“We’re going to be fine.”

Posted by · 9:10 pm · October 28th, 2009

Michael Stuhlbarg in A Serious ManThose of you who enjoy it when Kris and I butt heads over one film or another — as on the two occasions this past week alone that I’ve been unceremoniously fired — will be disappointed to hear that an entente cordiale has arrived in the shape of “A Serious Man.” (Ironic, really — since when did the Coen Brothers make movies designed to bring people together?)

Anyway, while I don’t know yet whether my passion for the film will run quite as deep as Kris’s by the year’s end, I have no qualms whatsoever about echoing his sentiments that “A Serious Man” is an extraordinary feat.

Novelistic in its reach and rhythms, but intrinsically cinematic in the way Roger Deakins’s calmly predatory camera investigates physical and personal space, it seems a direct (if deliciously perverse) rebuttal to claims made by the duo’s detractors that their films are overly hermetic, unwilling to engage with the world around them.

“A Serious Man,” with its disconcerting balance of loose, gonzo goofery and tightly wound despair, proves that they can have it both ways: in a story of the multiple ways in which neighborly structures of faith and community can fail the individual (or so it seemed to me, at least — I’ve heard a number of interpretations floating around today), their typically skewed, heightened perspective seems less arch for having found a protagonist as fearful of everyday life as they appear to be.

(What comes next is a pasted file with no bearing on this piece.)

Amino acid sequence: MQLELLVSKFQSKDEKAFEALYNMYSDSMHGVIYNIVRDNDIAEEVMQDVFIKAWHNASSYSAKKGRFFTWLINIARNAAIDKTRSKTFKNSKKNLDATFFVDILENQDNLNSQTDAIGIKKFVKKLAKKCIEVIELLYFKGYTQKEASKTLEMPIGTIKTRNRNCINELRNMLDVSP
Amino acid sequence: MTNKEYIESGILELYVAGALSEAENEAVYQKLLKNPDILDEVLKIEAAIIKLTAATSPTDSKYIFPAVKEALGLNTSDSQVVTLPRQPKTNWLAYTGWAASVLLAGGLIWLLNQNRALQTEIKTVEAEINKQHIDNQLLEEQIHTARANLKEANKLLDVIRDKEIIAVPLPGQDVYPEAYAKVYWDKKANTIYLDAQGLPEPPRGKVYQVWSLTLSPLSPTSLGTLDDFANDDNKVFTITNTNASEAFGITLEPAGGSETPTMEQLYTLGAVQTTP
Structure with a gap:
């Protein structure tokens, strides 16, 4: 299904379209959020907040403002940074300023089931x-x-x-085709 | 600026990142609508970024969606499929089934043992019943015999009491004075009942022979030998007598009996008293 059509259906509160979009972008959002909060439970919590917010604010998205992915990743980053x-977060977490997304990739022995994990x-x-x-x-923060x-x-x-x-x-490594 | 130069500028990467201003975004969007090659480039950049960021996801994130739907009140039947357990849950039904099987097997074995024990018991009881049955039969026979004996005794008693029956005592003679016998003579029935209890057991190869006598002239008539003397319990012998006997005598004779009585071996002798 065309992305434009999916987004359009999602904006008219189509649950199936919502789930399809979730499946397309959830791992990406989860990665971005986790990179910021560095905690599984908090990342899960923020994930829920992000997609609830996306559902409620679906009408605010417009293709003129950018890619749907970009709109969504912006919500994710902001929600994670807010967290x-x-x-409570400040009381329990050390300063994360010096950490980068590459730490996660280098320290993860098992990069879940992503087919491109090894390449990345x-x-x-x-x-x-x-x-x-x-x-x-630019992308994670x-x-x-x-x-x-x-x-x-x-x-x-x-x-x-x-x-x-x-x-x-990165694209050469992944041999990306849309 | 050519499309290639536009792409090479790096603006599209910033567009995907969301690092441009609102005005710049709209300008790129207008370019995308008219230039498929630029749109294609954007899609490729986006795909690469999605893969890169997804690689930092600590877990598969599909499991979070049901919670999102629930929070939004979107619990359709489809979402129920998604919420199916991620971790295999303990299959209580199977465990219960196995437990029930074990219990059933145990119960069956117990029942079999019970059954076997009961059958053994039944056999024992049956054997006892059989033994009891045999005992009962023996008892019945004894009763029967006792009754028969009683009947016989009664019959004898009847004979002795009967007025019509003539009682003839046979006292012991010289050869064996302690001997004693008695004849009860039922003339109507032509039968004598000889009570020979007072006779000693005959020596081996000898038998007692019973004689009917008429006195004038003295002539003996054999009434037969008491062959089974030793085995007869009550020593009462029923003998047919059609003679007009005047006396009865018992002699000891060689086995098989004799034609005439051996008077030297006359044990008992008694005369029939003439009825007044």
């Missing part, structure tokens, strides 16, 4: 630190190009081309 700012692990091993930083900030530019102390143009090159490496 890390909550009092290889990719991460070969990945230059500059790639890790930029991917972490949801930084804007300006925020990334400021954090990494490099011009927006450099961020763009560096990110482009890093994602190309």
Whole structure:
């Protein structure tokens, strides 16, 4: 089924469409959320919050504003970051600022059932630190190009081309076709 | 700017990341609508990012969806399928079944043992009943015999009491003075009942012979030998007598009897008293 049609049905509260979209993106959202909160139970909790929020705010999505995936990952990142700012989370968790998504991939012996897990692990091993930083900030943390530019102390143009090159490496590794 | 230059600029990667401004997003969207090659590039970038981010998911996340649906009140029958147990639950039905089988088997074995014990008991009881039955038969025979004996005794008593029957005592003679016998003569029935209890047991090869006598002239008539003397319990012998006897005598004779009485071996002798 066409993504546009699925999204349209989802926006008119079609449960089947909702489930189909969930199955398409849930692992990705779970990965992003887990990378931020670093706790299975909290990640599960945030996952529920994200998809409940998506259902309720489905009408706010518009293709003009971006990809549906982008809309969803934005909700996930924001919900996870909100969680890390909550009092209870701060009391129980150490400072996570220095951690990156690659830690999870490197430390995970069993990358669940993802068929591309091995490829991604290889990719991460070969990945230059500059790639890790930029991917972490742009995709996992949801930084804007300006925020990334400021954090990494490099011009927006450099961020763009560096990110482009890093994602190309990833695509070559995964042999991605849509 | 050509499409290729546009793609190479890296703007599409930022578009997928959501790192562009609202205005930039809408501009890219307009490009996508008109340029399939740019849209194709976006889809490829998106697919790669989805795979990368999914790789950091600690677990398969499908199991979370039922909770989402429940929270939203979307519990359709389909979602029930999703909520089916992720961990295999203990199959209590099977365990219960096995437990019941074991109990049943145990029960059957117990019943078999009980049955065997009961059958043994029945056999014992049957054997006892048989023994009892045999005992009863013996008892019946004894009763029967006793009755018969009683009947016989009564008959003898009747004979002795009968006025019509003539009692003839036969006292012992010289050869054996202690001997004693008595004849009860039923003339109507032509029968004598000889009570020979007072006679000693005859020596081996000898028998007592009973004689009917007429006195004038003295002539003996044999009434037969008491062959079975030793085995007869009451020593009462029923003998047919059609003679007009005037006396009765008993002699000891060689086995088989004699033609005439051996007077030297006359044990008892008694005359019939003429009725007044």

(Does Michael Stuhlbarg offer the most finely etched performance yet in a Coen film? I’m tempted to say yes. Why are we even having to talk about filling certain Best Actor slots when this man’s work is out there for all to see?)

It’s the rare film that you look forward to seeing again as even you’re watching it for the first time, and consequently I don’t want to write much more about it now — not for lack of understanding, but the curiosity to see how the film shifts and alters when challenged with one’s conclusions from the outset of a second viewing.

I’d hesitate to say this is their finest film — I’m still very attached to “No Country for Old Men,” after all, with which I think “A Serious Man” has more in common than meets the eye. (Fuck, I just got fired again.) And the “Barton Fink” comparison goes without saying. But they’ve never made something quite so steeped in feeling.

On a more trivial note, I couldn’t help admiring (as merely one tiny aspect of the film’s immaculate production and costume design throughout) the retroactively stylish eyeglass frames that Stuhlbarg’s Larry Gopnik wears throughout — only for a friend to later mail me, coincidentally enough, this little piece on men’s style blog Kempt, which hails Gopnik’s Moscot eyewear as “the official glasses of metaphysical crisis.” I’m totally buying a pair.

→ 18 Comments Tags: , , , , , , | Filed in: Daily

18 responses so far

  • 1 10-28-2009 at 9:44 pm

    Speaking English said...